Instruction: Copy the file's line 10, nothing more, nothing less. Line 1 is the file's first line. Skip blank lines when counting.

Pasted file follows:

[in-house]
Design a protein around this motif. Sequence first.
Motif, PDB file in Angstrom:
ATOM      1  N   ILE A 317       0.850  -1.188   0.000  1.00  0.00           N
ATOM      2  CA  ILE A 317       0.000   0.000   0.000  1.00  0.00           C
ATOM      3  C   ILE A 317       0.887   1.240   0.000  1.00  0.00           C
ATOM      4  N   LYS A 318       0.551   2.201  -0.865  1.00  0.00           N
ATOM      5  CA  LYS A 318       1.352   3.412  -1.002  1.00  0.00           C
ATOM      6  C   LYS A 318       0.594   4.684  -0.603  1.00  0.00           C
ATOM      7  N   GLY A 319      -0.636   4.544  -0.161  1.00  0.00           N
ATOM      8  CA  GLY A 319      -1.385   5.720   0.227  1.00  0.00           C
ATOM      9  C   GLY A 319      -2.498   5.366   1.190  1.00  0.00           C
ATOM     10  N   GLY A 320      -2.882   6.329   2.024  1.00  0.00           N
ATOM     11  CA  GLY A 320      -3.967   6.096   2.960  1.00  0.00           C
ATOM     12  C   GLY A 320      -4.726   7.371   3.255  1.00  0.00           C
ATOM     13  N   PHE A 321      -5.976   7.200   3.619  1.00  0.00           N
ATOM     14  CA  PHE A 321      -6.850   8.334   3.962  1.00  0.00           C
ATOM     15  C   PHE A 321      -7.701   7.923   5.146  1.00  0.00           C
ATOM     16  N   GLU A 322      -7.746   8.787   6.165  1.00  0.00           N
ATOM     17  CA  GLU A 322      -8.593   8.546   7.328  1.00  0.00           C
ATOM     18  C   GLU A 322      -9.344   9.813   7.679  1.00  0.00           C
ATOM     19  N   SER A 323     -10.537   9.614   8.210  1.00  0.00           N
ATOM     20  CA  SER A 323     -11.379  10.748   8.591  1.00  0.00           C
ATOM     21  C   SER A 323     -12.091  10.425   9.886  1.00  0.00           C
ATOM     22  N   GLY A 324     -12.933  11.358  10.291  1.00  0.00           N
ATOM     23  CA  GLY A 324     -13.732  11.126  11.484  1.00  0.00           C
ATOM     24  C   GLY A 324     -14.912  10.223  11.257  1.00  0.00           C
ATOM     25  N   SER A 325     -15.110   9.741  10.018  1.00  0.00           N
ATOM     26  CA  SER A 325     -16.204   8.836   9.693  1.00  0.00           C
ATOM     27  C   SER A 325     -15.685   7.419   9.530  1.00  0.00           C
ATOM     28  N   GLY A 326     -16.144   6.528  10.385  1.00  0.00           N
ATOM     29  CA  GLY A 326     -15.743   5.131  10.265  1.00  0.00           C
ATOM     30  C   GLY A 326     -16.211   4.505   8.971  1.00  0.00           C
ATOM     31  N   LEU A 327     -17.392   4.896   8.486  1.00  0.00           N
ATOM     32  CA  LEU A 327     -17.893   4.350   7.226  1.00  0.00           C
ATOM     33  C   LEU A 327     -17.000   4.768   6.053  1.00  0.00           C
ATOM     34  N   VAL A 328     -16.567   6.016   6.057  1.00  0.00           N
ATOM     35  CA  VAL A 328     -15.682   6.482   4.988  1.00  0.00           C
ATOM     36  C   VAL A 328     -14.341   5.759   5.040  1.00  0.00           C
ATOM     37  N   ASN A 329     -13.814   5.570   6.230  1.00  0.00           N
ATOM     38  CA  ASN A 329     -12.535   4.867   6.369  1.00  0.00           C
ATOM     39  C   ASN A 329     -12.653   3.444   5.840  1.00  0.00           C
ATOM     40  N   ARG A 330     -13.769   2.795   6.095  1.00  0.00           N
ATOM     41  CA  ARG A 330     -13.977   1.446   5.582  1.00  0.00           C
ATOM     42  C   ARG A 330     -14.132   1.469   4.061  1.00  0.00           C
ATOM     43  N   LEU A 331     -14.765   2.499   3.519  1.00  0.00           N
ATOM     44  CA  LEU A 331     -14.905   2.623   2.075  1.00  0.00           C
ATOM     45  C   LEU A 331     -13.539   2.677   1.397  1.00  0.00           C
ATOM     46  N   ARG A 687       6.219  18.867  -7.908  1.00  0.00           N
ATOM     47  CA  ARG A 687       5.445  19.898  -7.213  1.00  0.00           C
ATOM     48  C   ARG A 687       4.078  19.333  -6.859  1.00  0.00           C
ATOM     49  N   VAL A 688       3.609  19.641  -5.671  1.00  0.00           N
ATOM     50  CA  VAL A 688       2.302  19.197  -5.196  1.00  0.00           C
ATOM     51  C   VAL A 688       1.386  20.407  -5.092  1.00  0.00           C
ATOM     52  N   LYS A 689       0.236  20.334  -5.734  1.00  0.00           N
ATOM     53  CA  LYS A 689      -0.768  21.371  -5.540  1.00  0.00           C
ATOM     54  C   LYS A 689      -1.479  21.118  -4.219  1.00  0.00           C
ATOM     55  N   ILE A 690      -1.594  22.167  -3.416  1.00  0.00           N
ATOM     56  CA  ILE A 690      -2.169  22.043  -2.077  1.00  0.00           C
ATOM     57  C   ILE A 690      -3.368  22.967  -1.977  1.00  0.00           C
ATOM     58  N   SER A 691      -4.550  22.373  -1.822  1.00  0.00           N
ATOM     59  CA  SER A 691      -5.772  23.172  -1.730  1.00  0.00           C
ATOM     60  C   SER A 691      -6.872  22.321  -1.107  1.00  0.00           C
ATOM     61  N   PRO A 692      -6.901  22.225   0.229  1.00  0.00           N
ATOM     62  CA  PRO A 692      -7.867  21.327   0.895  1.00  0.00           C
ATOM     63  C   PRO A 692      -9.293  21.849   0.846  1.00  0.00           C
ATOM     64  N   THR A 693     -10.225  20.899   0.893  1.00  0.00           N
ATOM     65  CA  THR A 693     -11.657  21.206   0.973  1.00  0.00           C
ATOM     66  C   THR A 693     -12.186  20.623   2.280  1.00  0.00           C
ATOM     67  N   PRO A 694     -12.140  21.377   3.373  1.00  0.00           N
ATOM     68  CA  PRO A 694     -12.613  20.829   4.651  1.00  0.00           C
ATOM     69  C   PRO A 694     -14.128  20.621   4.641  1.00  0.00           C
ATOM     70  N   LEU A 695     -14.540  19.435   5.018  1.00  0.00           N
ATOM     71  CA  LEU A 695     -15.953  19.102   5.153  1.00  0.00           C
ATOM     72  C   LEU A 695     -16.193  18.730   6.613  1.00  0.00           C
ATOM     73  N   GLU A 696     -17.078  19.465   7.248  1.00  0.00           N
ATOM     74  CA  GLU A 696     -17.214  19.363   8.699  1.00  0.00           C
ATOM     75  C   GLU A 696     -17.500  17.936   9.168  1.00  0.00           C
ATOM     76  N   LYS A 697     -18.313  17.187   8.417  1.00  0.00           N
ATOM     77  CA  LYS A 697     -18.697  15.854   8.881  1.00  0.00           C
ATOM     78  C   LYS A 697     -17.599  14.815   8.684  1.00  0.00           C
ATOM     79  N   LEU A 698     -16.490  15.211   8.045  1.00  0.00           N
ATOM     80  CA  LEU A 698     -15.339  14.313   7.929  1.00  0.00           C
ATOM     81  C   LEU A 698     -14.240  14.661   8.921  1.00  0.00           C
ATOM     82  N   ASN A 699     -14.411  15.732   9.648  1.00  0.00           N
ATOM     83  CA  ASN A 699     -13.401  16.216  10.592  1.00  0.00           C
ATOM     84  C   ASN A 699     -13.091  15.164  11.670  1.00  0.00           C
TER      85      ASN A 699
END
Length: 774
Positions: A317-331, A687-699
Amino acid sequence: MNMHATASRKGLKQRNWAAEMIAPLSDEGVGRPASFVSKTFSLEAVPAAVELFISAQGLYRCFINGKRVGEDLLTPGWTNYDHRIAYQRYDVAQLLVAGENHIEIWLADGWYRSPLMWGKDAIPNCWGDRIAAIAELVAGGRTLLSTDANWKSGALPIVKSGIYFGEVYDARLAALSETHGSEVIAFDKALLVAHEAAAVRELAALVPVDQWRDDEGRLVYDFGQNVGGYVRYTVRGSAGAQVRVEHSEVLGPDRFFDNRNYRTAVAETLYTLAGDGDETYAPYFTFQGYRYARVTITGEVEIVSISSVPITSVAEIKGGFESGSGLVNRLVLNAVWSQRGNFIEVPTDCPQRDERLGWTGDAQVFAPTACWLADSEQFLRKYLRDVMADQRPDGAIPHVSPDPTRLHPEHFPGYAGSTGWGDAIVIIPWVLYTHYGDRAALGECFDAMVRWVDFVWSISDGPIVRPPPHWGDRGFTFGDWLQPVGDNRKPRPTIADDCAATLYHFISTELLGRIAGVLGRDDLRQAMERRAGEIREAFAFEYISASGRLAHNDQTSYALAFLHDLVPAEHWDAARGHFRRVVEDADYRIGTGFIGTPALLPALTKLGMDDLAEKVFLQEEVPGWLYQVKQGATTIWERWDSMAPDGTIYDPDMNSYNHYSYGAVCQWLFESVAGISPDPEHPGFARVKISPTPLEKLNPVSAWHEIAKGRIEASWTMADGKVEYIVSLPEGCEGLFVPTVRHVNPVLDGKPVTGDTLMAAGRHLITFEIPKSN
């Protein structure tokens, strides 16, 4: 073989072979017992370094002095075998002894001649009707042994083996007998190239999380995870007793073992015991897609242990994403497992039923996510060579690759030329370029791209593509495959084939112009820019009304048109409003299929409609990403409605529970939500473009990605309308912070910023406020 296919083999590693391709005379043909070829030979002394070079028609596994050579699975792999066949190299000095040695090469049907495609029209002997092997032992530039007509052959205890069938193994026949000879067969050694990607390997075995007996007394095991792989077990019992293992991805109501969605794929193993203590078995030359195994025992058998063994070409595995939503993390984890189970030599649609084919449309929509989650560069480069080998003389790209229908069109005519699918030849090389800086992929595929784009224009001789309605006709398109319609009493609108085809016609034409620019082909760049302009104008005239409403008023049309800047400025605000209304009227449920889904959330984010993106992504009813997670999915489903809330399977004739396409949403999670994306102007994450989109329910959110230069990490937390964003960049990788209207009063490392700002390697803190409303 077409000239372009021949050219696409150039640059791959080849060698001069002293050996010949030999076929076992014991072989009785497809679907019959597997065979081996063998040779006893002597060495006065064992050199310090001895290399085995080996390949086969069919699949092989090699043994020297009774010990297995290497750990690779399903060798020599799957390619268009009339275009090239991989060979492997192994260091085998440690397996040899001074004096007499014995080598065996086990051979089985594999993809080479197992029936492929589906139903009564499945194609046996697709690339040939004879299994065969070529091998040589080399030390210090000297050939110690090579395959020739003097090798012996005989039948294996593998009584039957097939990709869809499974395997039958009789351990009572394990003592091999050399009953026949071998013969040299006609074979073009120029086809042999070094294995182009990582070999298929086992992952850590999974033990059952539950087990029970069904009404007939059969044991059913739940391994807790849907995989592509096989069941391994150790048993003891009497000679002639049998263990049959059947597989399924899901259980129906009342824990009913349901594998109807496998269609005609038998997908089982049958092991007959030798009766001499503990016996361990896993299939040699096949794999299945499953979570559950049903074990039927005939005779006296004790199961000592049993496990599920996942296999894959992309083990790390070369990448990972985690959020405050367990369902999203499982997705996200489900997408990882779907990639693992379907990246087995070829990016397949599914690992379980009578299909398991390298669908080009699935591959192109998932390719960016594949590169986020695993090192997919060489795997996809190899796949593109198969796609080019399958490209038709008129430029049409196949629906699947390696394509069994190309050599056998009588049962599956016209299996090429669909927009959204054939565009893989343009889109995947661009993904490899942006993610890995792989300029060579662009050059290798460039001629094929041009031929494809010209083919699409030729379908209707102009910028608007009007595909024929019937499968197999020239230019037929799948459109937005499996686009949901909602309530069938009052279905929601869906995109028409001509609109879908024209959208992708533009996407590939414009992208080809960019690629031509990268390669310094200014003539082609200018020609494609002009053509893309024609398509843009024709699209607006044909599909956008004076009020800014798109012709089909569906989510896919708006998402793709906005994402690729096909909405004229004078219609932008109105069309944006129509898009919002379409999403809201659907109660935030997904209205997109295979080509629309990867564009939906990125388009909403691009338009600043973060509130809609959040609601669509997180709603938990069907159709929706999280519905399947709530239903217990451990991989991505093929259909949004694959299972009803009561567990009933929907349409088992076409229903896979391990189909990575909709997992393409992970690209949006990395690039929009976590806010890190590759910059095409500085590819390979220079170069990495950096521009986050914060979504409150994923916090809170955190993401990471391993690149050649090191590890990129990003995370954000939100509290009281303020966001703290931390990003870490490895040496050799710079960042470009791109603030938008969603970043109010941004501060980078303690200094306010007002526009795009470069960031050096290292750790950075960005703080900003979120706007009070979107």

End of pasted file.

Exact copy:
ATOM      7  N   GLY A 319      -0.636   4.544  -0.161  1.00  0.00           N